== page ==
So They Want a Mobile App

More and more clients want to go mobile and everyone has a great idea for an app, but going beyond the idea stage can quickly become a forest of confusing questions and foggy answers. The first step to making a great app a reality is deciding what type of application provides the best platform and reaches the right people. In this post, I’ll go over some basic terminology and the application types available to someone who is ready to go beyond the idea stage and start developing an app.

When talking about mobile apps a few different words and concepts may be tossed around that seem familiar but vague; one is the phrase User Experience or UX. UX is exactly what it sounds like, it’s a description of the user’s experience while using an application, and sometimes even after they’re done using it. This is a broad topic and there are a few different angles from which we can approach the concept. Read more of this post

User Experience Matters Part 2

Slalom Consultant Derek Martin

Slalom Consultant Derek Martin is an accomplished Microsoft systems developer and integrator, experienced in developing and deploying SharePoint and CRM solutions, integrating line of business applications, and leveraging existing infrastructure investments.

In my previous article about UX, I talked a lot about how the buy in from users is greatly affected by the design of the application.  At the time I was referring to a specific example in my mind, although I didn’t call it out directly.  I wanted to expand upon that post because of a recent, and excellent, series of articles that I read on MSDN magazine by David Platt about wanting Microsoft to publish UX (UI) guidelines for WPF.  In his first article, he articulates a very compelling case for those guidelines, stating:

“The biggest growth driver of the Windows user platform, besides Solitaire, is the standardized UI that its API encourages. The primary control structure is a menu at the top of a program’s window…”

He goes on to posit that this concept is dictated, in large part, by convention, best practices and actual guidelines from Microsoft.  When I read the article, I was smiling because A) I agreed wholeheartedly with him and B) I knew that he’d get taken to the car wash from the free spirits that seem to be encroaching on the ecosystem with the fancy new WPF toolset.  True to assumption, a month later in his second article he gets quite an earful from folks:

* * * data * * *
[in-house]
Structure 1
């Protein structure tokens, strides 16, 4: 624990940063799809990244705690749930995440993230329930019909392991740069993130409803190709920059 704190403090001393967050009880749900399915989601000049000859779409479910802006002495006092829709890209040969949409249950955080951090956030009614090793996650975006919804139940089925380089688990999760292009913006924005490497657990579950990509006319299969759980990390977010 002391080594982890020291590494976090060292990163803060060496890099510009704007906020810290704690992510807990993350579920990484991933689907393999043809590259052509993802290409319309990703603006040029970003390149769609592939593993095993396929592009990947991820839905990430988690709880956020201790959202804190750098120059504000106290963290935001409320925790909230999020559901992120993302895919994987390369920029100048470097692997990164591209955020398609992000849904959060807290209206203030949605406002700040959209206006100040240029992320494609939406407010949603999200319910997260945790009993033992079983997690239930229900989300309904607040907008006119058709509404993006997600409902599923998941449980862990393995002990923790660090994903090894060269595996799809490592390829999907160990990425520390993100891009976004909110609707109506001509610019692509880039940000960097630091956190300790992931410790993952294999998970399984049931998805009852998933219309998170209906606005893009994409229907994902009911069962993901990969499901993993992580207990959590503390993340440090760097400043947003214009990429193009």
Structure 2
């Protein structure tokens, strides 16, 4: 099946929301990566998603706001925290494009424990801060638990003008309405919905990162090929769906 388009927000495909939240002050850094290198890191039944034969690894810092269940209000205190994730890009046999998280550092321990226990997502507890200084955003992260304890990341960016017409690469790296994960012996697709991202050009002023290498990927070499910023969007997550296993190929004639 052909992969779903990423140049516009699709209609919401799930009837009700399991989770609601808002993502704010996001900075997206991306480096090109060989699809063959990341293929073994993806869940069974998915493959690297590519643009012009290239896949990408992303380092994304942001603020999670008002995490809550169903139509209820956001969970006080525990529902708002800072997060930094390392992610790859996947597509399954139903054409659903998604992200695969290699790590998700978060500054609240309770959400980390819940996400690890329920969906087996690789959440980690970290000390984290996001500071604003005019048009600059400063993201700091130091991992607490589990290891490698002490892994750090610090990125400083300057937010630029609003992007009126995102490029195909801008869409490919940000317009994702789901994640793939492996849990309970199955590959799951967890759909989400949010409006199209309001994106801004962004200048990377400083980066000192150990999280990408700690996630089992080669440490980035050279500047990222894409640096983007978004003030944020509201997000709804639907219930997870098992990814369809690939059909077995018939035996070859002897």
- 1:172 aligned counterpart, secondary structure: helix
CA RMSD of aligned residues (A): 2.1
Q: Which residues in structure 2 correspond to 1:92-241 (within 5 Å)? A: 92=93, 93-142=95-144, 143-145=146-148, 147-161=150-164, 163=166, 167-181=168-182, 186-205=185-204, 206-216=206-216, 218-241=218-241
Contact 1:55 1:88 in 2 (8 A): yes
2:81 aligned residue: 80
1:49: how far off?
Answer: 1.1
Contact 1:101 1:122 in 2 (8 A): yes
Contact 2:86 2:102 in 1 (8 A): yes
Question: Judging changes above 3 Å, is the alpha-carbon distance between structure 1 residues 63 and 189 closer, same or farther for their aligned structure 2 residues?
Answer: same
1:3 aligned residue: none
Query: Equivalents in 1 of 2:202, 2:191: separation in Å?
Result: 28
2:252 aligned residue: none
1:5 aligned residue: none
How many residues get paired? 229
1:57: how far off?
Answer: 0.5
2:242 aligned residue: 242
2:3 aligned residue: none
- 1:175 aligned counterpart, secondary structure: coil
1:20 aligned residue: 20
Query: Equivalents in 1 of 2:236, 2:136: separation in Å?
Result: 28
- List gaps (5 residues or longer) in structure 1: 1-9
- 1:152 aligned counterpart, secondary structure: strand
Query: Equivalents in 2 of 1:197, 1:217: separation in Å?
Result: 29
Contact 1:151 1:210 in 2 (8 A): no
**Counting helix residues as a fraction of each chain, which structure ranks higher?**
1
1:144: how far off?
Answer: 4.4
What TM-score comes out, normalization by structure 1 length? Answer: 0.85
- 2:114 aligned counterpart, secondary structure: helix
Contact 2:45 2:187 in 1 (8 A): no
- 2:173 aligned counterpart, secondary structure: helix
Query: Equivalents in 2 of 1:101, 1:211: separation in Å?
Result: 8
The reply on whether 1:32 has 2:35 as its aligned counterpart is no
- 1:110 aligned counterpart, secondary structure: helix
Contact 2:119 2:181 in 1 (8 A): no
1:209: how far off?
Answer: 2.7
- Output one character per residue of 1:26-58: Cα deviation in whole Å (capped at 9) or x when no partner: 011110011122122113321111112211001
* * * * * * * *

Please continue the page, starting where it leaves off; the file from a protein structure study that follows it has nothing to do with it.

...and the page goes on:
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Patterns and Practices for MOSS 2010

Slalom Consultant Derek Martin

Slalom Consultant Derek Martin is an accomplished Microsoft systems developer and integrator, experienced in developing and deploying SharePoint and CRM solutions, integrating line of business applications, and leveraging existing infrastructure investments.

Via the Innovation Showcase

The Patterns and Practice group at Microsoft recently (today) updated some patterns for MOSS 2010 which provides a good read and some great sample code.  I recommend at the very least looking over and understanding the MS patterns after you get your feet wet with the new API model for 2010.  I’m not much of a programmer, but when I do code, I find MOST of the patterns and practices guidance helpful, if a little thick sometimes.  It’s where I learned the MVC pattern and later on, the MVVC pattern.  From the blog post:

“Microsoft’s Pattern & Practices group has released a new, updated version of guidance for building collaborative SharePoint applications that extend your LOB systems.

This guidance helps architects and developers design and build applications that are both flexible and scalable and it focuses on four key areas:
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OCS Ethical Walls

Slalom Consultant Derek Martin

Slalom Consultant Derek Martin is an accomplished Microsoft systems developer and integrator, experienced in developing and deploying SharePoint and CRM solutions, integrating line of business applications, and leveraging existing infrastructure investments.

I do a lot of work with OCS 2007 and its R2 friend.  One of the challenges that I’ve come in contact with is the prevention of certain users from contacting other users (perhaps those higher up the food chain).  Contrary to some beliefs, not everyone should be able to just IM the CEO of a Fortune 100 company!  There was a great posting today that came across my Google Reader about ethical walls for school districts which can be found here from the UC Amigos.  Check it out, download the sample API tool and let me know if you have success!

The cousin of OCS, Exchange, just recently went 2010 flavor as I am sure you already know.  Ethical walls were introduced in EX 07 and have been GREATLY enhanced in 2010.  These walls can be set up for a variety of reasons, regulatory coming to mind quickly.  One good example of combining these EX walls with OCS walls gets into using your AD containers and OUs to match up with the walls you need to define.  That assumes, of course, that your AD is laid out well…another several blog posts later 🙂

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